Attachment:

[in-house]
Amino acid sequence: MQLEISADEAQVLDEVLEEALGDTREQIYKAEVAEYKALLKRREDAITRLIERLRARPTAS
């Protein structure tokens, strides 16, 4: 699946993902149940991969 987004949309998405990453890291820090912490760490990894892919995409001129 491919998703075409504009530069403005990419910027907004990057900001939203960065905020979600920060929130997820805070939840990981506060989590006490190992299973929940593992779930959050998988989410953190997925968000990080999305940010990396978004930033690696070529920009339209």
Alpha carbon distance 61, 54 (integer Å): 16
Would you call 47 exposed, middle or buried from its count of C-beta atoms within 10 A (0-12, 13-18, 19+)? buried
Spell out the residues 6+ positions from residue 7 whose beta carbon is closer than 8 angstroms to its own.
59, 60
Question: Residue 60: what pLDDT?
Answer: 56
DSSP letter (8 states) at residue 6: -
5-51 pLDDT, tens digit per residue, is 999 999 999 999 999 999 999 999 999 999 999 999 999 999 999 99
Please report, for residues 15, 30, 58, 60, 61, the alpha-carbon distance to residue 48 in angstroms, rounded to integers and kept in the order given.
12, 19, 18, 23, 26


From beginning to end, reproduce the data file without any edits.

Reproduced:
[in-house]
Amino acid sequence: MQLEISADEAQVLDEVLEEALGDTREQIYKAEVAEYKALLKRREDAITRLIERLRARPTAS
């Protein structure tokens, strides 16, 4: 699946993902149940991969 987004949309998405990453890291820090912490760490990894892919995409001129 491919998703075409504009530069403005990419910027907004990057900001939203960065905020979600920060929130997820805070939840990981506060989590006490190992299973929940593992779930959050998988989410953190997925968000990080999305940010990396978004930033690696070529920009339209």
Alpha carbon distance 61, 54 (integer Å): 16
Would you call 47 exposed, middle or buried from its count of C-beta atoms within 10 A (0-12, 13-18, 19+)? buried
Spell out the residues 6+ positions from residue 7 whose beta carbon is closer than 8 angstroms to its own.
59, 60
Question: Residue 60: what pLDDT?
Answer: 56
DSSP letter (8 states) at residue 6: -
5-51 pLDDT, tens digit per residue, is 999 999 999 999 999 999 999 999 999 999 999 999 999 999 999 99
Please report, for residues 15, 30, 58, 60, 61, the alpha-carbon distance to residue 48 in angstroms, rounded to integers and kept in the order given.
12, 19, 18, 23, 26